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How to Burn Fat Fast: Start By Eating These 6 Foods

Eating these superfoods can turn on your body's fat-burning machine, according to Mehmet Oz, MD, "America's Doctor" and host of the Dr. Oz show.



Before you yuck Dr. Oz’s yum, sardines are not only a great source of lean protein and heart-healthy omega-3 fatty acids, but dipping them in olive oil ups their fat-burning quotient, he writes in his newest book Food Can Fix It: The Superfood Switch to Fight Far, Defy Aging and Eat Your Way Healthy. This is a trick he learned from body builders who live to turn fat into lean muscle mass. “I love sardines. They are great for fat burning,” he tells Reader’s Digest at a Manhattan book launch. Sardines are rich in calcium so they also strengthen bones. As a bonus, sardines make the list of foods that may add years to your life.

Chia-seedsIvanna Grigorova/Shutterstock

Chia seeds

These tiny ancient seeds provide major nutrients with minimal calories. Here’s how to burn fat fast: Sprinkle some chia seeds on your Greek yogurt for a power snack. Research shows that a high-protein afternoon snack reduces hunger, increases satiety, and puts the brakes on future snacking compared with lower-protein snacks, according to Dr. Oz. “Chia seeds may help regulate blood sugar, keeping your stomach happy for a long time,” he writes. Check out the other health benefits of chia seeds.

PicklesArtem Shadrin/Shutterstock


Vinegar was a home remedy for diabetes way before we had glucose-lowering drugs, Dr. Oz says. Vinegar, an acetic acid, slows digestion, which helps the body avoid dramatic blood sugar rises, and keeps us feeling full longer. His advice on how to burn fat fast? Choose vinegar and olive oil as your default salad dressing or munch on a pickle for a snack, as most pickle recipes call for distilled white vinegar. Pickle juice is pretty healthful, too.

EggsOksana Mizina/Shutterstock


Foods that take more energy to digest work in your favor, Dr. Oz writes. Eggs, salmon, and nuts all burn a little extra as you digest. “Consider it a bit of a caloric discount,” he says. Check out these 55 easy egg recipes.

Dark-chocolateSea Wave/Shutterstock

Dark chocolate

You heart chocolate, and it hearts you back: Turns out dark chocolate can keep your ticker pumping steadily. And it may also aid weight loss. As many fans of his TV show know, Dr. Oz is a big fan of dark chocolate: In one study, he writes, participants who ate dark chocolate with 70 percent cacao reduced their waist circumference in just one week. “The darker stuff has anti-inflammtory properties and helps with insulin sensitivity, both of which influence how your body stores fat,” he says. Still, he cautions, sugar is just for special occasions. Here’s what you need to know about the health benefits of chocolate.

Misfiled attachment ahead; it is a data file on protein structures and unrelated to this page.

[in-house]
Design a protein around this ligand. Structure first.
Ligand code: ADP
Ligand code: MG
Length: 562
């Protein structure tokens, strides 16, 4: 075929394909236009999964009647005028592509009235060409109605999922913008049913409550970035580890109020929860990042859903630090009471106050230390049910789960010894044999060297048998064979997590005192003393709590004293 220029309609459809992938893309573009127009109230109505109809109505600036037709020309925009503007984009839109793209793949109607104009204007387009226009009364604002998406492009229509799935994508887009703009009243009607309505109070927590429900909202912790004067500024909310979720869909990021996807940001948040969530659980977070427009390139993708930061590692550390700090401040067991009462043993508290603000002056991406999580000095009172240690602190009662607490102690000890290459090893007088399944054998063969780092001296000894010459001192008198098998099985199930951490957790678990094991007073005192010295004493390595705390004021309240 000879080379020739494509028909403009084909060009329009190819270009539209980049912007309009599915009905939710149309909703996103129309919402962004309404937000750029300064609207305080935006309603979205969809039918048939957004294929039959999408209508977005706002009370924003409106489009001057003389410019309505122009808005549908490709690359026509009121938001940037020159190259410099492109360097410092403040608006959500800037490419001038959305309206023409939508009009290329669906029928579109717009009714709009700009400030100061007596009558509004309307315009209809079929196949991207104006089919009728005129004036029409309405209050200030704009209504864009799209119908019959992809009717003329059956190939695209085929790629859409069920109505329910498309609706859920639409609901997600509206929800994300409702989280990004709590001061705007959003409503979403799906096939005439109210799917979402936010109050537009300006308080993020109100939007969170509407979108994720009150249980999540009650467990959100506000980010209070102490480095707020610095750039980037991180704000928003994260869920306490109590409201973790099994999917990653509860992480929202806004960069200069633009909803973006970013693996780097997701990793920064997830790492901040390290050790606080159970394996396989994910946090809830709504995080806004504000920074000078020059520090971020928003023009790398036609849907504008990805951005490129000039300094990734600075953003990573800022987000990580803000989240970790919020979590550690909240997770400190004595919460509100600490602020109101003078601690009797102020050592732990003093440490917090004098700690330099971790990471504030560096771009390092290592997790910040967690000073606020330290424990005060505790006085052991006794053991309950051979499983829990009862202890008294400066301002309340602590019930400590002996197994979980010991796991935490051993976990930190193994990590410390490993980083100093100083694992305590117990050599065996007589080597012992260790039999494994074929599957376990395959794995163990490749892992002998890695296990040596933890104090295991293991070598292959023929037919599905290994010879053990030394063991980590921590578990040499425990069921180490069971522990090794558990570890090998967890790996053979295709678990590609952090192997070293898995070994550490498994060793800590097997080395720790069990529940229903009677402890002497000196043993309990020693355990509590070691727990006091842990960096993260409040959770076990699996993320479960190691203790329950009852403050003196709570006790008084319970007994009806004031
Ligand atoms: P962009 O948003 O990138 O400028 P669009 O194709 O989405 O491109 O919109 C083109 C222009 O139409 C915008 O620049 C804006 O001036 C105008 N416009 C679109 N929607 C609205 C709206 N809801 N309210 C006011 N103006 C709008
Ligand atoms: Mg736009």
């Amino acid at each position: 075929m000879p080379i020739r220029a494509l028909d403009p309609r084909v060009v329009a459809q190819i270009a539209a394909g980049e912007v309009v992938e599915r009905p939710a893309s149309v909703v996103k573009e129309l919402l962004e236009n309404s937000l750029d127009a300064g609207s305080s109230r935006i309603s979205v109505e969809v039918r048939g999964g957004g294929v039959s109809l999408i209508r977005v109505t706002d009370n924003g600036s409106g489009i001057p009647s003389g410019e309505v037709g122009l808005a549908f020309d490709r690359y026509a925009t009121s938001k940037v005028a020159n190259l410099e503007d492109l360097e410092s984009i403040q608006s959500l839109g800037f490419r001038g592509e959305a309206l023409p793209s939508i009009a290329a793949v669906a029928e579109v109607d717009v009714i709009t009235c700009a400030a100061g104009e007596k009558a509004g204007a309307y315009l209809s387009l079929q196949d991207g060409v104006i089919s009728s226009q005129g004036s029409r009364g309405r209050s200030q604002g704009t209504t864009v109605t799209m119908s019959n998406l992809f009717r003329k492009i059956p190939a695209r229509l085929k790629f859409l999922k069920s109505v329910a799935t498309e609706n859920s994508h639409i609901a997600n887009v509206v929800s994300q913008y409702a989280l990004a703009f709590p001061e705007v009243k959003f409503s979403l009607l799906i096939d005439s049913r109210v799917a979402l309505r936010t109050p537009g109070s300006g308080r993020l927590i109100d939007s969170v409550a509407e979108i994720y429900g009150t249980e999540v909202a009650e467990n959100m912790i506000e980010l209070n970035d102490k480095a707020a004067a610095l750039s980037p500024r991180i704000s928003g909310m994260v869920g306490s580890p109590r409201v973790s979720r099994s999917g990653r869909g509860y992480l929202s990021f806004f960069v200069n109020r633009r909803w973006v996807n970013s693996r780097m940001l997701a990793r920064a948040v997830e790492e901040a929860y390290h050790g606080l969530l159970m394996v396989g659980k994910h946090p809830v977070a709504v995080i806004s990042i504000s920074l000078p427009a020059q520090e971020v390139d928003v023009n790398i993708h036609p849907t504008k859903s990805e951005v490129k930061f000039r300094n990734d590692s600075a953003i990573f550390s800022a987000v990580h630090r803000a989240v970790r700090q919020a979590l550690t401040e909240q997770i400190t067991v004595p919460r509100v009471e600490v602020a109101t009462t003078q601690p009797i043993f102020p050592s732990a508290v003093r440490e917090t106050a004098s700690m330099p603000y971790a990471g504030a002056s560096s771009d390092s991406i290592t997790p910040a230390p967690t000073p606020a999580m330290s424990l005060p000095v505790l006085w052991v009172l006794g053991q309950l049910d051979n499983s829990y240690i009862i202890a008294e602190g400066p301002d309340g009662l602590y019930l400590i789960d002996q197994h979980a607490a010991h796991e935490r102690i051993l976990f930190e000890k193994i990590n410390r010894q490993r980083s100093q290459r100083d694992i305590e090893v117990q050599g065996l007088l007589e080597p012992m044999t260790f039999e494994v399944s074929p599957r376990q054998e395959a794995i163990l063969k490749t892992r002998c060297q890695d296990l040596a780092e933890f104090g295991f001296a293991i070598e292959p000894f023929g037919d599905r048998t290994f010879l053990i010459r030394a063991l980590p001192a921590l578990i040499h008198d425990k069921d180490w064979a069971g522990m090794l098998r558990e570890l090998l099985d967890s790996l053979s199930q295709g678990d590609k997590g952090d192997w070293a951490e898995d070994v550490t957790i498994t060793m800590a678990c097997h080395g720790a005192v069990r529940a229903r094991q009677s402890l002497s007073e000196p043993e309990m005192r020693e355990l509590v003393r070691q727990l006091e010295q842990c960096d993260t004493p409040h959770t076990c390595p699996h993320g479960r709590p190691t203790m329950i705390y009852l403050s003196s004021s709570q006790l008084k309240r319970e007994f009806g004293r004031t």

Chili peppers

Hot peppers reduce the risk of dying from many causes, in part because they help burn fat. Chili peppers get their heat from capsaicin, which can curb your appetite by raising your body temperature, Dr. Oz says. Get the fat-fighting benefits by incorporating more red peppers, cayenne, jalapeños, habaneros, and Tabasco into your diet. “Cut out the core mad seeds and add the peppers to any dish that needs kick.” Can you handle the world’s hottest pepper?

Denise Mann, MS
Denise Mann is a freelance health writer whose articles regularly appear in WebMD, HealthDay, and other consumer health portals. She has received numerous awards, including the Arthritis Foundation's Northeast Region Prize for Online Journalism; the Excellence in Women's Health Research Journalism Award; the Journalistic Achievement Award from the American Society for Aesthetic Plastic Surgery; National Newsmaker of the Year by the Community Anti-Drug Coalitions of America; the Gold Award for Best Service Journalism from the Magazine Association of the Southeast; a Bronze Award from The American Society of Healthcare Publication Editors (for a cover story she wrote in Plastic Surgery Practice magazine); and an honorable mention in the International Osteoporosis Foundation Journalism Awards. She was part of the writing team awarded a 2008 Sigma Delta Chi award for her part in a WebMD series on autism. Her first foray into health reporting was with the Medical Tribune News Service, where her articles appeared regularly in such newspapers as the Detroit Free Press, Chicago Sun-Times, Dallas Morning News, and Los Angeles Daily News. Mann received a graduate degree from the Medill School of Journalism at Northwestern University in Evanston, Ill., and her undergraduate degree from Lehigh University in Bethlehem, Pa. She lives in New York with her husband David; sons Teddy and Evan; and their miniature schnauzer, Perri Winkle Blu.